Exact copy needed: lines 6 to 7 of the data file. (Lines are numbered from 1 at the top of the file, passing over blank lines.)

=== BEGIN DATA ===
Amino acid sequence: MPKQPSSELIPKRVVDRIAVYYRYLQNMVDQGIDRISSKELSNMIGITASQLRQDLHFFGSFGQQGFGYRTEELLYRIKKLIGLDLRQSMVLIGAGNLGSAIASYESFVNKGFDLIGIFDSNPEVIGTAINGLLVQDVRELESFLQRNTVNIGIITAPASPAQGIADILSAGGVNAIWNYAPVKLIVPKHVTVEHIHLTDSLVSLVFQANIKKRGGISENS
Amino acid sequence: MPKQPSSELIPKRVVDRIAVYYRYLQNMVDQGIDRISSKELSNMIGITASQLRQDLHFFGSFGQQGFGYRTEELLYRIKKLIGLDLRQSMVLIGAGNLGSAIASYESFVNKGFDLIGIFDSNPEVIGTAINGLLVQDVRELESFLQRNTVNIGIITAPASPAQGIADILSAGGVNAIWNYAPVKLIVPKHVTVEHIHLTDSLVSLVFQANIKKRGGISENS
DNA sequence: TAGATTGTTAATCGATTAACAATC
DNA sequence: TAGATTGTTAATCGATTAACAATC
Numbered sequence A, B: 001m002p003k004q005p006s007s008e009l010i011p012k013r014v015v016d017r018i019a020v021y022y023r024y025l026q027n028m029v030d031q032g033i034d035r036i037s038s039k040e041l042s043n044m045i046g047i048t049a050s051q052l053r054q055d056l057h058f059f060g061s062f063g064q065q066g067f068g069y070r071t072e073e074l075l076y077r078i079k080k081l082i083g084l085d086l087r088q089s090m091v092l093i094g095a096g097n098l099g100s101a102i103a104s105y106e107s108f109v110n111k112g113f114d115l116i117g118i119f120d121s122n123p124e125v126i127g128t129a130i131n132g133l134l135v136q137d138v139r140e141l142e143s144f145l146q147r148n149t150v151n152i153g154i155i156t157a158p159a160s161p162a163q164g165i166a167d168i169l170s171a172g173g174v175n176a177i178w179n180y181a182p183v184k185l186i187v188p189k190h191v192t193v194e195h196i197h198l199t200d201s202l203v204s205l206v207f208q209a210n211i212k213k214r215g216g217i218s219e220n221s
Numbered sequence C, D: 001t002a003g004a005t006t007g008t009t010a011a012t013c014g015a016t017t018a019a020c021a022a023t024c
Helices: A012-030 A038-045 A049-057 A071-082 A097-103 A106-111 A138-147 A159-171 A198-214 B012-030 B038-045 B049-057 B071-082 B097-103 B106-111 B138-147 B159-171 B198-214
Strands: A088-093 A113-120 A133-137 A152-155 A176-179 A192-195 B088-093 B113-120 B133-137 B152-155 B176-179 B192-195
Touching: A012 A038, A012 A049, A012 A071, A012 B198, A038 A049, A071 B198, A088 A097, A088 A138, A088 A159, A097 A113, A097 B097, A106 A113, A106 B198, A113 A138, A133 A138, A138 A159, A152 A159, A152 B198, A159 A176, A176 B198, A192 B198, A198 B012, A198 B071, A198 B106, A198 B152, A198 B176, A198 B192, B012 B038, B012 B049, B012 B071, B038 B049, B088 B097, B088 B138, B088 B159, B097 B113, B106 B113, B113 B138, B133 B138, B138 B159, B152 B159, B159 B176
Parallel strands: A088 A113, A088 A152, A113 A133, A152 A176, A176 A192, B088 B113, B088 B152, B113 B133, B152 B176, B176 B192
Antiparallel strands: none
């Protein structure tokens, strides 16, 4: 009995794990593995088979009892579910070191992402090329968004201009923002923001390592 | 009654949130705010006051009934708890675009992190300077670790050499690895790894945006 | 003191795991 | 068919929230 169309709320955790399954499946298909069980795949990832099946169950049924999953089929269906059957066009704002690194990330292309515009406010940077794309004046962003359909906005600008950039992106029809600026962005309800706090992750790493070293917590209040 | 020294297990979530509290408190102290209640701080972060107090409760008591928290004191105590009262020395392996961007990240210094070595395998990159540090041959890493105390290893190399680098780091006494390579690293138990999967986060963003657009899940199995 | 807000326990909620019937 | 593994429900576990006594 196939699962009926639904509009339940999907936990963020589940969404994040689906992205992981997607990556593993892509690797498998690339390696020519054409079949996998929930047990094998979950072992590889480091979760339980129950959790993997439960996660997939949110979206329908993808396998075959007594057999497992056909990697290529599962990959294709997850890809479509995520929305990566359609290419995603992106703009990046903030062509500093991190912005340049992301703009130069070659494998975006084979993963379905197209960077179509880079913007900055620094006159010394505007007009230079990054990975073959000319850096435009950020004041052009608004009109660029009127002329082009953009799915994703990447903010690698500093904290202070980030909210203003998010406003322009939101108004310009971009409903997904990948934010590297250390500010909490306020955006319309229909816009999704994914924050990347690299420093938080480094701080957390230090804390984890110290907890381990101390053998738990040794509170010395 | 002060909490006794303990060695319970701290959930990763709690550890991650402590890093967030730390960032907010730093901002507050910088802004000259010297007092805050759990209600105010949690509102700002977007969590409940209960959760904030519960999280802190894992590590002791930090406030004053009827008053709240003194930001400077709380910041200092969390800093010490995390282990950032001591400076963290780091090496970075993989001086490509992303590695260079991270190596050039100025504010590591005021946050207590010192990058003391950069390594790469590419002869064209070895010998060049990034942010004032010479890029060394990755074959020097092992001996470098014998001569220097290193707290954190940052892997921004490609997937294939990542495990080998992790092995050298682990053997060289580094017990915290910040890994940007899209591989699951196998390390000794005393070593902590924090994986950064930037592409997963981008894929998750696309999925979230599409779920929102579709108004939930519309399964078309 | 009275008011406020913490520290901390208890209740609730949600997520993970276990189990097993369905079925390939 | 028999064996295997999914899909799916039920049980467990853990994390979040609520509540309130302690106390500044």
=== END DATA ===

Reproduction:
Numbered sequence C, D: 001t002a003g004a005t006t007g008t009t010a011a012t013c014g015a016t017t018a019a020c021a022a023t024c
Helices: A012-030 A038-045 A049-057 A071-082 A097-103 A106-111 A138-147 A159-171 A198-214 B012-030 B038-045 B049-057 B071-082 B097-103 B106-111 B138-147 B159-171 B198-214